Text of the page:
Equipped with biometrics and spatial scans, cars are now guzzling data
Extensive data collection can now be assumed in most car models, as vehicles become what U.S. Senator Edward Markey calls, in a recent missive to automakers, “high-tech computers on wheels” that “produce vast amounts of data on drivers, passengers, pedestrians, and other motorists, creating the potential for severe privacy violations.”
Tesla granted face biometrics driver monitoring patent
The iconic electric car maker has been awarded a U.S. patent for a driver facial recognition system that says a personalized hello, adjusts temperature and audio settings based on a user profile, and will call 911 and go to the nearest hospital if a driver is unresponsive.
On the social media network X, which Tesla owner Elon Musk purchased as Twitter before rebranding, news of the patent was posted by a user called The Cybertruck Guy, whose account is dedicated to the development and launch of Tesla’s boxy silver Cybertruck. The patent itself describes a “personalized system and method for a vehicle based on the spatial location of vehicle occupants and portions of their body.” In other words, it not only scans facial biometrics but also captures and measures the “Z-heights of a plurality of body portions” and customizes in-vehicle systems for spatial optimization, centering audio playback and angling HVAC vents for unique passengers.
It also illustrates the process by which a driver is assessed to be in a “normal state” and the series of decisions that trigger emergency alert signals and, if possible, automated travel to a medical facility.
Tesla is not the only company in the world integrating biometric hardware and software into vehicles. In Gauteng, South Africa, the security firm Eagle Eye Defense (EED) is offering fingerprint biometrics for drivers, partly as a way to prevent car-jackings, of which there are nearly 60 a day in the country. A sensor placed in a discreet location known only to the driver will start the car with a fingerprint scan. If someone other than the owner tries to start the car, alerts are triggered.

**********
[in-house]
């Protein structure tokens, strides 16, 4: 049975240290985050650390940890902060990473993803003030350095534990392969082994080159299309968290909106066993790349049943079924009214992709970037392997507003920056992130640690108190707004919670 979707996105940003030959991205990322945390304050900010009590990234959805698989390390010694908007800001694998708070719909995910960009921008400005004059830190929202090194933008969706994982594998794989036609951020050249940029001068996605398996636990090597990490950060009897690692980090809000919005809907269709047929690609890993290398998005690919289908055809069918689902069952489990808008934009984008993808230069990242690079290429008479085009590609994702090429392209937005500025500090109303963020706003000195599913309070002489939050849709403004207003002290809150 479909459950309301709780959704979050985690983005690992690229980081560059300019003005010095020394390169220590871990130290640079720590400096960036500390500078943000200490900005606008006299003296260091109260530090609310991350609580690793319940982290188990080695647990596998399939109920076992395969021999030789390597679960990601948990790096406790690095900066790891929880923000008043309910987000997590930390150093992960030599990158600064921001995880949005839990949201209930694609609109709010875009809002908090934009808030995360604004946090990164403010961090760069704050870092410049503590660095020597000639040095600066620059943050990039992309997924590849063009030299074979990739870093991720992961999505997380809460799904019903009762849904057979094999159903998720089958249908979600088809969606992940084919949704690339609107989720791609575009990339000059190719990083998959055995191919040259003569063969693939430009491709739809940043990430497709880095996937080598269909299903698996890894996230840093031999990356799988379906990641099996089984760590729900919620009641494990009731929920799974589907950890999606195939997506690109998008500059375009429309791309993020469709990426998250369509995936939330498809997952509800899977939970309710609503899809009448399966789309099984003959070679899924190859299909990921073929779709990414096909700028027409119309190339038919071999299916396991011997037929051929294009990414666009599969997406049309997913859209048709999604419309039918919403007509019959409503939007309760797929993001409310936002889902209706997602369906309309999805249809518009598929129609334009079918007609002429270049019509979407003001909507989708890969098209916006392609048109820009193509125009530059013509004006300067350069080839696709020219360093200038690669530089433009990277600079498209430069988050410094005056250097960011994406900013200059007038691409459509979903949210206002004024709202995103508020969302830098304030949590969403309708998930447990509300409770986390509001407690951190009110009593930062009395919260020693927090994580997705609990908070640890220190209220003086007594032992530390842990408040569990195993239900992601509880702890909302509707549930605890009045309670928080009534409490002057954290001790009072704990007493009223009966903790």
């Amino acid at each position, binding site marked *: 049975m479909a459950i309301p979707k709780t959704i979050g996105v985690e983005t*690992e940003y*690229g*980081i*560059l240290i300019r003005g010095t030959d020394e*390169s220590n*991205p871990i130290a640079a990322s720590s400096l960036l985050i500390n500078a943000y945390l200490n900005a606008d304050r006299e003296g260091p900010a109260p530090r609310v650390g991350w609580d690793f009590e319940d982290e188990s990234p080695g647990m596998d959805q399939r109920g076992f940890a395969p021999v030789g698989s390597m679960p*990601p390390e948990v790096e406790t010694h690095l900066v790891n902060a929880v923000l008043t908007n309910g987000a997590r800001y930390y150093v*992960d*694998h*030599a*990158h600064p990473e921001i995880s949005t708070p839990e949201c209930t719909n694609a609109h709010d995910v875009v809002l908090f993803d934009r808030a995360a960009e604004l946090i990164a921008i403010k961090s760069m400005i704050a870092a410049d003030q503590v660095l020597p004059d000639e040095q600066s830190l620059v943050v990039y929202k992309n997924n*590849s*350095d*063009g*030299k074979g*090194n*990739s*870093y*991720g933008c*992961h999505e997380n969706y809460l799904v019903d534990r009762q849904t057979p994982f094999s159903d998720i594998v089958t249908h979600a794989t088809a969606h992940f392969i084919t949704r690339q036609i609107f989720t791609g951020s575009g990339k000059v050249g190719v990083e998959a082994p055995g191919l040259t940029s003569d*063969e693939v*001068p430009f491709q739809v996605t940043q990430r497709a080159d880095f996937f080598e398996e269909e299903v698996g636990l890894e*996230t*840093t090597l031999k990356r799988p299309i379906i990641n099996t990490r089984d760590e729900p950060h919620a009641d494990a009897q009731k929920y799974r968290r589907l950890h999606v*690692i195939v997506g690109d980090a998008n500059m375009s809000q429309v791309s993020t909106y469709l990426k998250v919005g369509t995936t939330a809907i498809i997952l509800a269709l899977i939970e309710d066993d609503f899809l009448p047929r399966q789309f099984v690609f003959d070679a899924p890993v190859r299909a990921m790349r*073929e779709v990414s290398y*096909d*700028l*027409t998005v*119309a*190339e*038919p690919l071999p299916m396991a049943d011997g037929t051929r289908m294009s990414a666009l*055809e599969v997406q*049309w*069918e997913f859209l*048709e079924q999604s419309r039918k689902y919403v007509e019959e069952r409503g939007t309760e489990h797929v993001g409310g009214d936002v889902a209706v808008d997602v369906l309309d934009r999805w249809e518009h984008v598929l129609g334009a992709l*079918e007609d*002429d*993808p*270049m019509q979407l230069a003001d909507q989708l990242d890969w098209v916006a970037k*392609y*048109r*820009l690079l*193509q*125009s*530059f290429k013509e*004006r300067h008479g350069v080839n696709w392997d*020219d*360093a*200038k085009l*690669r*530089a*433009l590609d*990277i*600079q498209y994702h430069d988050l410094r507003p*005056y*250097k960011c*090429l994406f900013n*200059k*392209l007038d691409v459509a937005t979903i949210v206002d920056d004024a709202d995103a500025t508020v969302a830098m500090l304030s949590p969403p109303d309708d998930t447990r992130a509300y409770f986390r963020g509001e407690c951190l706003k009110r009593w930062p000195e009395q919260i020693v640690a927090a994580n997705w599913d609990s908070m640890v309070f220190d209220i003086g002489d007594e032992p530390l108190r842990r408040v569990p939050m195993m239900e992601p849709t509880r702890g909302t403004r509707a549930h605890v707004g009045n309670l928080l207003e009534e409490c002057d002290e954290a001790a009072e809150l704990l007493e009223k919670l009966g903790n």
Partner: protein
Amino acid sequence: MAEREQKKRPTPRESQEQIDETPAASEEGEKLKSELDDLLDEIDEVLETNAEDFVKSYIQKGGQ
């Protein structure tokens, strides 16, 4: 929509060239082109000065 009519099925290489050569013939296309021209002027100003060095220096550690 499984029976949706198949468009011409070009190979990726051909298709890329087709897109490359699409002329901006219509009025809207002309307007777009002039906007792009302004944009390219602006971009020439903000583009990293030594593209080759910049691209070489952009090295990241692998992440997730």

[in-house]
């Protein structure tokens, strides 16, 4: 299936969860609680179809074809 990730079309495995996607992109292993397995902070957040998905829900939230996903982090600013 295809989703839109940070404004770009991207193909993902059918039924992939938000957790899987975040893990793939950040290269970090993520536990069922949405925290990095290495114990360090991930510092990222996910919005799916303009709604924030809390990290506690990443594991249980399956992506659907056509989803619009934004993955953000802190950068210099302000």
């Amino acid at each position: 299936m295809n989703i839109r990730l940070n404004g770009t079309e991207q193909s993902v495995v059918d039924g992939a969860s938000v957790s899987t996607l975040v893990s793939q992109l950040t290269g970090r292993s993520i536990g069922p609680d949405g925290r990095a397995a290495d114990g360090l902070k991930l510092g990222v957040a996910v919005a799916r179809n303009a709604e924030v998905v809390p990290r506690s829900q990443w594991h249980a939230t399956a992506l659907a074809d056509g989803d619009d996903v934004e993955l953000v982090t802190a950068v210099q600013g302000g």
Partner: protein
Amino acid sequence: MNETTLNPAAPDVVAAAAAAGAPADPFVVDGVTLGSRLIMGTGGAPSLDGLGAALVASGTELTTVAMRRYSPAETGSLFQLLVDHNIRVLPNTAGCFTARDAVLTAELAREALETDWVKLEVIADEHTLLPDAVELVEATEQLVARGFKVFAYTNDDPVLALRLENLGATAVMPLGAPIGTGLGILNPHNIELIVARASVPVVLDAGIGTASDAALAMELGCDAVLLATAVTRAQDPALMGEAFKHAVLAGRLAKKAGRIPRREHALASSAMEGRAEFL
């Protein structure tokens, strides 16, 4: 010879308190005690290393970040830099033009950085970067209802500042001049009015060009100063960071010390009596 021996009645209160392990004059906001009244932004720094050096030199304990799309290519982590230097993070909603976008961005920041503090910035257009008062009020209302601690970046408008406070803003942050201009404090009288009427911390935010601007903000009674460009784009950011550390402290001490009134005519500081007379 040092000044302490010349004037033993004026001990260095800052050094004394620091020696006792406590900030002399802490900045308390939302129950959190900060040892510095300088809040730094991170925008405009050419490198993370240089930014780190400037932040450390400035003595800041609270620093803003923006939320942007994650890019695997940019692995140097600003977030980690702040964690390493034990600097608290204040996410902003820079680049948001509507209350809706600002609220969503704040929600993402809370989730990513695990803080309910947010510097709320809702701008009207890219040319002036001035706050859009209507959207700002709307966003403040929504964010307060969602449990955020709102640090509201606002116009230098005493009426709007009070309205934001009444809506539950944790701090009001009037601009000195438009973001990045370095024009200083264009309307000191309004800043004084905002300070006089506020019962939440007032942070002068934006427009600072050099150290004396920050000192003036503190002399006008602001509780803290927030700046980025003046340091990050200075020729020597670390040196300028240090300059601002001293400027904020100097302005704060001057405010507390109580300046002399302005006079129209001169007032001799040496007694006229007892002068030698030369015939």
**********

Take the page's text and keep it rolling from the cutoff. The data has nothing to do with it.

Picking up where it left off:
In its report on EED’s technology, TimesLive notes that major luxury brands such as Mercedes-Benz and Lexus have already integrated biometrics for security and select payments.
Concerns over how much cars know already
Both in government and for some socially-focused businesses, there are those who worry about what automakers are doing with the vast amounts of data they collect. U.S. Senator Edward Markey has sent a letter to major U.S. and international automakers outlining the potential for severe privacy violations that come with smarter cars.
“This data could reveal sensitive personal information, including location history and driving behavior, and can help data brokers develop detailed data profiles on users,” his letter says. “In fact, a recent report from Mozilla revealed unfettered data collection and privacy intrusions across huge swaths of the automobile industry. These business practices must end.” Markey calls on the CEOs of Ford, GM, Honda, Hyundai, Kia, Mazda, Mercedes-Benz, Nissan, Stellantis, Subaru, Toyota, BMW, Volkswagen, and Tesla (yes, that guy) to answer a series of questions about their data collection and privacy standards. His queries include “does your company provide notice to vehicle owners or users of its data practices?” and “has your company ever provided to law enforcement personal information collected by a vehicle?”
“Although certain data collection and sharing practices may have real benefits,” the senator writes, “consumers should not be subject to a massive data collection apparatus, with any disclosures hidden in pages-long privacy policies filled with legalese. Cars should not – and cannot – become yet another venue where privacy takes a backseat.”
App creator says wipe cars’ data along with dashboards before sale
Another of Markey’s questions for car manufacturers pertains to the ability of drivers to request the deletion of their data. This concern has also occupied the entrepreneur Andrea Amico, founder of Privacy4Cars, a free app that lets users wipe their car of all the information it has absorbed, from text messages to identity data and biometrics.
In the first article of a three-part series, The Record says the app gives users access to step-by-step deletion instructions for tens of thousands of vehicles of different models, makes and years. Privacy4Cars’ website also offers privacy data reports wherein users can enter a Vehicle Identification Number (VIN) to see what different cars collect, in an attempt to demystify small print terms and conditions that often contain language allowing automakers plenty of legal leeway.
A majority of cars with cellular connection are likely collecting phone data, says Amico, who estimates that some two-thirds of U.S. automakers declare their collection of data from synced phones. Biometrics and location data are regularly also on the menu, as is data collected from virtual assistants such as Amazon Alexa or Android Auto.
Using a tool like the Privacy4Cars app, Amico says, is common sense when preparing to trade in or sell a car, citing numbers that show four out of five used cars contain the data of previous owners.